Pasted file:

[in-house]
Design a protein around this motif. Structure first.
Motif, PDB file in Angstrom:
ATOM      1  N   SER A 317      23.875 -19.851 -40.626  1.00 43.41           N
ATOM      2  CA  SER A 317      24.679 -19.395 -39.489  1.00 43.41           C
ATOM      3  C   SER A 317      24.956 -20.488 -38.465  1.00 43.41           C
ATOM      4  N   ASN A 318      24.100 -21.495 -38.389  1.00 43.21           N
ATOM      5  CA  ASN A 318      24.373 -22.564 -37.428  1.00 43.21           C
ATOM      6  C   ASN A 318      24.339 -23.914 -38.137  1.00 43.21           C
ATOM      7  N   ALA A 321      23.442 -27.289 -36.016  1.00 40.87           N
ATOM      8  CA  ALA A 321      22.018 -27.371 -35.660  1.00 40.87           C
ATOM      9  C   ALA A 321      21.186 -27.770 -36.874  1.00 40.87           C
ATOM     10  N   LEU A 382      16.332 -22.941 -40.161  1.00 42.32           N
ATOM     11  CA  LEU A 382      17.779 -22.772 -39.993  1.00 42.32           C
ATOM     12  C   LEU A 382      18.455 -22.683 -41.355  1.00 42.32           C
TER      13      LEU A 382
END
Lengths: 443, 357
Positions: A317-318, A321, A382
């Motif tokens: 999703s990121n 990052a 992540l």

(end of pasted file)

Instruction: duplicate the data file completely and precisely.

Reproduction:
[in-house]
Design a protein around this motif. Structure first.
Motif, PDB file in Angstrom:
ATOM      1  N   SER A 317      23.875 -19.851 -40.626  1.00 43.41           N
ATOM      2  CA  SER A 317      24.679 -19.395 -39.489  1.00 43.41           C
ATOM      3  C   SER A 317      24.956 -20.488 -38.465  1.00 43.41           C
ATOM      4  N   ASN A 318      24.100 -21.495 -38.389  1.00 43.21           N
ATOM      5  CA  ASN A 318      24.373 -22.564 -37.428  1.00 43.21           C
ATOM      6  C   ASN A 318      24.339 -23.914 -38.137  1.00 43.21           C
ATOM      7  N   ALA A 321      23.442 -27.289 -36.016  1.00 40.87           N
ATOM      8  CA  ALA A 321      22.018 -27.371 -35.660  1.00 40.87           C
ATOM      9  C   ALA A 321      21.186 -27.770 -36.874  1.00 40.87           C
ATOM     10  N   LEU A 382      16.332 -22.941 -40.161  1.00 42.32           N
ATOM     11  CA  LEU A 382      17.779 -22.772 -39.993  1.00 42.32           C
ATOM     12  C   LEU A 382      18.455 -22.683 -41.355  1.00 42.32           C
TER      13      LEU A 382
END
Lengths: 443, 357
Positions: A317-318, A321, A382
């Motif tokens: 999703s990121n 990052a 992540l």